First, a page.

Johan Creten (born in 1963) is an artist that has distinguished himself as a strong, enigmatic and intriguing figure in the artistic landscape of recent decades, occupying a singular place on the international scene of contemporary creation. Johan Creten made his mark in the 1980s with his innovative use of ceramics. Today he is considered a leading figure in his renewal in the field of contemporary art. Another side of his work, he uses bronze with virtuosity for the realization of monumental sculptures, including a major example: “De Vleermuis – The Bat”, that will be presented in the gardens of the Villa Medici.
The exhibition “I Peccati” brings together, for the first time and with such breadth in Italy, a collection of fifty-five works by the artist, in bronze, ceramic and resin. They will be reunited and juxtaposed to some historical works by Lucas Van Leyden (1494-1533), Hans Baldung (1484-1545), Jacques Callot (1592-1635), Barthel Beham (1502-1540) and Paul van Vianen ( 1570–1614), milestones underlying Johan Creten’s thinking.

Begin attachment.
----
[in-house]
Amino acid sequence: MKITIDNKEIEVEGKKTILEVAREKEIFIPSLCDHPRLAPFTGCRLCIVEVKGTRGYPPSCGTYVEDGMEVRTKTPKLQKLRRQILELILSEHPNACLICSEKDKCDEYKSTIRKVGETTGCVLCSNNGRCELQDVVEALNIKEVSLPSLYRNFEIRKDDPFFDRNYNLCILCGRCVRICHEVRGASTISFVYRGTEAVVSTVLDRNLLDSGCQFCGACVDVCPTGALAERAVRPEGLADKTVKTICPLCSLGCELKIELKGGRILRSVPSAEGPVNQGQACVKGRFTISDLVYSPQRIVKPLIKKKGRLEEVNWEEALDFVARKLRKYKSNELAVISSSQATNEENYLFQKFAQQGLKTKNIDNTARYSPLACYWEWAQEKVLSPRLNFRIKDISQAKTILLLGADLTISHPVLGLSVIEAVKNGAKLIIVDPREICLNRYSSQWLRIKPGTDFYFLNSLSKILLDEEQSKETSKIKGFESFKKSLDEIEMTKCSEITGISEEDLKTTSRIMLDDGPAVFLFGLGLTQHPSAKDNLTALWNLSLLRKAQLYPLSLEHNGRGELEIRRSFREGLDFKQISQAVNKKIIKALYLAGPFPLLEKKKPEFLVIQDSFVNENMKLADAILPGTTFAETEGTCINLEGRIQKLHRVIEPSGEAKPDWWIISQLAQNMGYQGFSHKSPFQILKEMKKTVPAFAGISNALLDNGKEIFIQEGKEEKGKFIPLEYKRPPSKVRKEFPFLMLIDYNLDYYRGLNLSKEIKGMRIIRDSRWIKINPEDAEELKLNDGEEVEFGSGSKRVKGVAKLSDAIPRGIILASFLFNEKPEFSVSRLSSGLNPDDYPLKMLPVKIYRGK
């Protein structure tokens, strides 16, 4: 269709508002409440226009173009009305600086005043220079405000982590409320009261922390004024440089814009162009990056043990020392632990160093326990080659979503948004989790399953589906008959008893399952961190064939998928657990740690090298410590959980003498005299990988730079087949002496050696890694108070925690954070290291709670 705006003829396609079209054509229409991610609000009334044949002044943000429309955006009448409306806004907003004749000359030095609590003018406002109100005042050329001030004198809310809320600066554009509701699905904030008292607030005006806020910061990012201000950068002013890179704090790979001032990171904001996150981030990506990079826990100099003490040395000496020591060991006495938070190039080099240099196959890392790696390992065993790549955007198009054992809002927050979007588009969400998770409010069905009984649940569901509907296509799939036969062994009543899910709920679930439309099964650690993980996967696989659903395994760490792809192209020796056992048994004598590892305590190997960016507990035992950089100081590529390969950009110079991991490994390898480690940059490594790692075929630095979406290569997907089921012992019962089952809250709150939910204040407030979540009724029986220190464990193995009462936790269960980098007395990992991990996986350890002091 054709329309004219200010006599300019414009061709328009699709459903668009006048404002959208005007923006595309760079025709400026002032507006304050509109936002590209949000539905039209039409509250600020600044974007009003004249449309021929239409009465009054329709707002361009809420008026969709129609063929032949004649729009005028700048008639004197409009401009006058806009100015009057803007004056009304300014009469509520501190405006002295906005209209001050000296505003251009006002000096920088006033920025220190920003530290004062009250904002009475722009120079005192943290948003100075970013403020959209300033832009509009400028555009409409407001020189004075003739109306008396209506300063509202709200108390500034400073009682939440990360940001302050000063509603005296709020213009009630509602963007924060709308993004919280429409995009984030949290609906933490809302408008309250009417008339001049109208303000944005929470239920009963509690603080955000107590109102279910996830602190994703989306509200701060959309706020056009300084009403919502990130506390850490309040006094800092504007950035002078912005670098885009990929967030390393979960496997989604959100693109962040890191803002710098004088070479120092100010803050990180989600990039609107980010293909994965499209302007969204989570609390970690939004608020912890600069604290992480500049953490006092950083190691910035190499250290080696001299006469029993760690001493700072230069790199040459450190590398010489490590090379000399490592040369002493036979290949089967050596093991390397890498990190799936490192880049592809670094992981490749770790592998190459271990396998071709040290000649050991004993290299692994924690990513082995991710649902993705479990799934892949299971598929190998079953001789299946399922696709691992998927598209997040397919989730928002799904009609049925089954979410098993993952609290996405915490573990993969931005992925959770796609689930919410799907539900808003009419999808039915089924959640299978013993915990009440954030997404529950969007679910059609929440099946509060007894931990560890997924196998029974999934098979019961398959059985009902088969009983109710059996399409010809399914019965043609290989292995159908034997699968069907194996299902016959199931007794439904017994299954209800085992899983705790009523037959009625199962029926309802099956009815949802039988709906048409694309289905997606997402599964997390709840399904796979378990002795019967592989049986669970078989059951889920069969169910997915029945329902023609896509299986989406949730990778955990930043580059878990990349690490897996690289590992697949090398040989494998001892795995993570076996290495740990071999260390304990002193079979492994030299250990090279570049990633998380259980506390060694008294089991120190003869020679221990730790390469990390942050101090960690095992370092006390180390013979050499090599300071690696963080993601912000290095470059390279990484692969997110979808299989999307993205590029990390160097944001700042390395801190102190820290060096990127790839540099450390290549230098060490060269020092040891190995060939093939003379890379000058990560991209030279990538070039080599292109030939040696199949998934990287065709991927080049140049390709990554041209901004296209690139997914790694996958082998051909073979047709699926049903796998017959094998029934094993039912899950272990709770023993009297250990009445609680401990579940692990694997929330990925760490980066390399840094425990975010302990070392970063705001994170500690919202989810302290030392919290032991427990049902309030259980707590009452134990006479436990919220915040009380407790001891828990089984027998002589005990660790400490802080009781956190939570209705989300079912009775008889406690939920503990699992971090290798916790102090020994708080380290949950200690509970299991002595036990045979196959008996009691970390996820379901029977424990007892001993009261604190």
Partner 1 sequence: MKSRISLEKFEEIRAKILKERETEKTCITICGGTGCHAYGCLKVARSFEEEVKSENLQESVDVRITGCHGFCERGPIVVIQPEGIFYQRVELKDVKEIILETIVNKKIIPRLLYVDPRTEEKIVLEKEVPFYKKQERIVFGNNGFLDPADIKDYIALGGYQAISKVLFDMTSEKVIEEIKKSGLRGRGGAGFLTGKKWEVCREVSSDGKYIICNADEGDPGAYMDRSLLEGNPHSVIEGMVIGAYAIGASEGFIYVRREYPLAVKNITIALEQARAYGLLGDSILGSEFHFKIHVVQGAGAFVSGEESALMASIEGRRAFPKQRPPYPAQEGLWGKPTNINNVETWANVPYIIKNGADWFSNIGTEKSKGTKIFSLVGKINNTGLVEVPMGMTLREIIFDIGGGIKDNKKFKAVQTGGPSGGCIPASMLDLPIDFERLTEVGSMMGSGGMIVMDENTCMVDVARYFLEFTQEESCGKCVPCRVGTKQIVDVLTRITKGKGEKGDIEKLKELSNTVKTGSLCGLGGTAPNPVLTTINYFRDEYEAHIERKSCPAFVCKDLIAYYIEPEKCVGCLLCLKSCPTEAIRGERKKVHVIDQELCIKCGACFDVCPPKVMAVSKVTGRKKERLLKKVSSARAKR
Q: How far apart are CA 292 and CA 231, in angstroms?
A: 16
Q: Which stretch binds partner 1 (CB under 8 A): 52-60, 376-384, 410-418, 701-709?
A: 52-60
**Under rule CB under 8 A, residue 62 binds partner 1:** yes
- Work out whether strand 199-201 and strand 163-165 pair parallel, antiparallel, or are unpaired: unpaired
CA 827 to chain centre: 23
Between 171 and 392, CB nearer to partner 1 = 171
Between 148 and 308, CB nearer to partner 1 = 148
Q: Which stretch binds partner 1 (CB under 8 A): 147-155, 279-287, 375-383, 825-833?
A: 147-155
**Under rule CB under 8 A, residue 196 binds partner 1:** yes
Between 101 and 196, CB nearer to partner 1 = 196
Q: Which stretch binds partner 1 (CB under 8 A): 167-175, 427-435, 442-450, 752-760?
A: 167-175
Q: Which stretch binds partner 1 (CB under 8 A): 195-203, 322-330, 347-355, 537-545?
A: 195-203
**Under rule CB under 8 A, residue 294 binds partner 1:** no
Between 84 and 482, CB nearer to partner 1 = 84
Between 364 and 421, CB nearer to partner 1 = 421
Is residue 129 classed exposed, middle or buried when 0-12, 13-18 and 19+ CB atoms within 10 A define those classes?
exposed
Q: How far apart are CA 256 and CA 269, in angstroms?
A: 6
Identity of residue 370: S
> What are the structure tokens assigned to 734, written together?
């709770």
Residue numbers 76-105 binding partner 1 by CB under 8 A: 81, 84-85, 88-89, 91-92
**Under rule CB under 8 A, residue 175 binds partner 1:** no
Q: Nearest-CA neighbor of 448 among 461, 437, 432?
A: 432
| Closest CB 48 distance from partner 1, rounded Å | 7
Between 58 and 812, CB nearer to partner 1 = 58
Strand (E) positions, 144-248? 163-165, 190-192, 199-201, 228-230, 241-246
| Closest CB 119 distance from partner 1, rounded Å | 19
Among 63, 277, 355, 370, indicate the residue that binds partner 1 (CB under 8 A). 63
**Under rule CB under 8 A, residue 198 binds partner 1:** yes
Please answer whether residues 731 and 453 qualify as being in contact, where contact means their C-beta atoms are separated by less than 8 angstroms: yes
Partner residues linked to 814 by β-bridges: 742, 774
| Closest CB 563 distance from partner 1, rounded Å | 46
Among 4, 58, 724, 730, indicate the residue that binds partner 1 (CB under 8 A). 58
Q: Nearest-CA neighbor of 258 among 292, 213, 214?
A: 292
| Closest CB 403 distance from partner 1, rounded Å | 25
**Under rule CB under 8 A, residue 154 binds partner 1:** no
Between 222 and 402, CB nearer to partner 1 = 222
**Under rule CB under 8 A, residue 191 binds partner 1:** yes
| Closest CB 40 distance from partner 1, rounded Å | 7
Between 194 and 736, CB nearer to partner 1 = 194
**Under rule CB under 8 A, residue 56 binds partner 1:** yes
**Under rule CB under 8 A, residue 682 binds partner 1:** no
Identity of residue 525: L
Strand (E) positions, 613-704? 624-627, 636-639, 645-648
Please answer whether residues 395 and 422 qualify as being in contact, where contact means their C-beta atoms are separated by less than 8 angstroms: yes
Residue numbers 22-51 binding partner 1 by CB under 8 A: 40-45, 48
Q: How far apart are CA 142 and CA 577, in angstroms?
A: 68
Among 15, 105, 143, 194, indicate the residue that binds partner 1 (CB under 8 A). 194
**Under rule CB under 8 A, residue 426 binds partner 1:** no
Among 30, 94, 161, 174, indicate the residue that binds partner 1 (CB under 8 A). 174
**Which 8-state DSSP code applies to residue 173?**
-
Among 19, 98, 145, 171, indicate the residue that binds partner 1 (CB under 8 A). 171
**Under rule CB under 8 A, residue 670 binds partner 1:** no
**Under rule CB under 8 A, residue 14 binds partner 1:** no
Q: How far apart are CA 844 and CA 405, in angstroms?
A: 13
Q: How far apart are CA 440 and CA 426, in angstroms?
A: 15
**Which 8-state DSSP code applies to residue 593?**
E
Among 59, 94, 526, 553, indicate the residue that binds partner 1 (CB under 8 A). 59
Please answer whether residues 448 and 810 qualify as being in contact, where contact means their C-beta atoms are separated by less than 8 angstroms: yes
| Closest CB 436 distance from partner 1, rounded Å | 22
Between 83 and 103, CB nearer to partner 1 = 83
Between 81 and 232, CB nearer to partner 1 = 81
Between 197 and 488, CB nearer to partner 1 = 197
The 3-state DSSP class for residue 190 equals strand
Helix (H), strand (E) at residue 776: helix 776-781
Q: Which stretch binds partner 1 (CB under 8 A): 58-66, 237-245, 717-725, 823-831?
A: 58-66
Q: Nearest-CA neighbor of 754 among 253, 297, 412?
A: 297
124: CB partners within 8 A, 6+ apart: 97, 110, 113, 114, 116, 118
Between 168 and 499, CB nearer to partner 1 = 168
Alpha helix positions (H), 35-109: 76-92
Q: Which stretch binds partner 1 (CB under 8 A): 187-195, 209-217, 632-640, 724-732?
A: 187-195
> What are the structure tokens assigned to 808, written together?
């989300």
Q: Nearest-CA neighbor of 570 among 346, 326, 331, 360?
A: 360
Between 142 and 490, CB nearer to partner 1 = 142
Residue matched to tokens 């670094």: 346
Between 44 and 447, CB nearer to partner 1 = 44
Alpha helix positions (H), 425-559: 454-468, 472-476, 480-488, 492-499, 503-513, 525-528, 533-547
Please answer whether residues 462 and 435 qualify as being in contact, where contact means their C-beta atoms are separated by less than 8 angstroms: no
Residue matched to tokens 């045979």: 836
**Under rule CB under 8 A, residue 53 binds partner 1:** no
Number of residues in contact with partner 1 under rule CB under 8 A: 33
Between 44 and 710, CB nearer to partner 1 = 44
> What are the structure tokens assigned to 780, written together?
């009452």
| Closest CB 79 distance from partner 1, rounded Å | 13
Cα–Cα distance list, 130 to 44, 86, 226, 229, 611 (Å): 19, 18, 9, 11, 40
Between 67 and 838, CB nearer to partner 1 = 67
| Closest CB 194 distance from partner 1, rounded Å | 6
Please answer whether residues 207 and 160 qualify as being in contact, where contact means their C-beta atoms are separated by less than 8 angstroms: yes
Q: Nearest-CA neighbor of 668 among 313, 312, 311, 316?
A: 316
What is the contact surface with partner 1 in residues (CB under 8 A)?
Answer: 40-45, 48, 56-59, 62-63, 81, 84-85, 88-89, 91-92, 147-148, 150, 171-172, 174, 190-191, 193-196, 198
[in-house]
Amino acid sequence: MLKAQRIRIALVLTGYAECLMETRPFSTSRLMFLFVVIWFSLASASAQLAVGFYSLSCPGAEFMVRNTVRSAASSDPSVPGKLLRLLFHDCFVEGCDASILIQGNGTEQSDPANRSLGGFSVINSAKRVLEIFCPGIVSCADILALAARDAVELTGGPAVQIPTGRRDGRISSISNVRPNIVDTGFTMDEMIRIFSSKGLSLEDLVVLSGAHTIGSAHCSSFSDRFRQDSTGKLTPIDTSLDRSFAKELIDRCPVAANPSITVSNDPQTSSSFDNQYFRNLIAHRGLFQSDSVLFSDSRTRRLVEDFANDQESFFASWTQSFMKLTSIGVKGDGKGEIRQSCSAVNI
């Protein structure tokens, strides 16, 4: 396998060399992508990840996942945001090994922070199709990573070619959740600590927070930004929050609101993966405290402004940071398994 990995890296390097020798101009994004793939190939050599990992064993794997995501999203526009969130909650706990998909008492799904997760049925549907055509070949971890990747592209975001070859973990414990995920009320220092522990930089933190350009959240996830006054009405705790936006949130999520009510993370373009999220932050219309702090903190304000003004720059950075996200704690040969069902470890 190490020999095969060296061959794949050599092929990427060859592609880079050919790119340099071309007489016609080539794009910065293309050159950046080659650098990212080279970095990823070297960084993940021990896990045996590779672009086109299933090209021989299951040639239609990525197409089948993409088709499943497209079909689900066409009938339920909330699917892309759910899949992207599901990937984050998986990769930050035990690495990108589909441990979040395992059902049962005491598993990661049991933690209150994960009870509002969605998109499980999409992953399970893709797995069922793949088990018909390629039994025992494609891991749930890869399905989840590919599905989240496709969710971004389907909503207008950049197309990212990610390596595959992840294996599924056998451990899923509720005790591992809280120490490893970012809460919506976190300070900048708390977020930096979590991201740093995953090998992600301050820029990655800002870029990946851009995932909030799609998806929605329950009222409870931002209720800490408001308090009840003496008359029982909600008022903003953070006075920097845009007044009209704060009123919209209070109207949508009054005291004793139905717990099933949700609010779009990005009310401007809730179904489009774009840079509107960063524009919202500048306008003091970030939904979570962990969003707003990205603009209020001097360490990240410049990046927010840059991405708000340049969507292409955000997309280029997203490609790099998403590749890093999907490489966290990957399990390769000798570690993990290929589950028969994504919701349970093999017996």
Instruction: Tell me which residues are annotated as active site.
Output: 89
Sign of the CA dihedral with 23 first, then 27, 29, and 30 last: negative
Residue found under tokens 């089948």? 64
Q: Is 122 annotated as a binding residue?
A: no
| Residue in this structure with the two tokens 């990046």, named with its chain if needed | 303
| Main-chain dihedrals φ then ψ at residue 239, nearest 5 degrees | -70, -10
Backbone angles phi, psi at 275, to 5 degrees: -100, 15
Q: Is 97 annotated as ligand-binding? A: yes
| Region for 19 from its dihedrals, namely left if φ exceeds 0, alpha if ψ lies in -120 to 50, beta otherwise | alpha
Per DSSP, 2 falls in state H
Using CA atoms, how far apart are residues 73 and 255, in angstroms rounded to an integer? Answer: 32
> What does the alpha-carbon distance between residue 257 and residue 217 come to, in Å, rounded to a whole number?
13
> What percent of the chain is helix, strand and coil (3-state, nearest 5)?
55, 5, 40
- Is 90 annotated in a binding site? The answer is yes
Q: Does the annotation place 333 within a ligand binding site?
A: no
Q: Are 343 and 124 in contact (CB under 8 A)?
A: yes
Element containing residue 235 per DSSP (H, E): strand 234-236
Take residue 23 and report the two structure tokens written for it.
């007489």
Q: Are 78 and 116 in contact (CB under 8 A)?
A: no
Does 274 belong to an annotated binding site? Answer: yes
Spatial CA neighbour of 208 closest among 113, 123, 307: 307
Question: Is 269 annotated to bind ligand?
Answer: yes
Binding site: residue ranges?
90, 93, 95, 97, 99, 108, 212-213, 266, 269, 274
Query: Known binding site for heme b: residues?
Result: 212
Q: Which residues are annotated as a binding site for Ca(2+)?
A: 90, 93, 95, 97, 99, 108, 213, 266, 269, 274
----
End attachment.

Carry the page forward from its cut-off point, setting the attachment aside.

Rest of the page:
Johan Creten mentions “Slow art” and the need for a return to introspection. A movement, ranging from miniature to monumental figures, which allows you to take time and immerse yourself in an exploration of the world with its individual and societal torments, for a journey filled with surprises and emotions.
The sculptures of Johan Creten made especially for the exhibition between 2019 and 2020 added to the pieces that punctuate his journey from the 80s to the present day, are associated here with 16th and 17th century prints, tapestries and bas-reliefs from his personal collection. These historical works summoned by the artist are a real reference in his creative process. They reveal his concerns, be they artistic, historical, political or philosophical. The intersection of these works in the exhibition upsets our perception through multiple reading points of view which, from the past, question the future of our humanity.
Oct 15, 2020 - Jan 31, 2021 Villa Medici, Rome curated by Noëlle Tissier main photo/ Courtesy Skultur i Pilane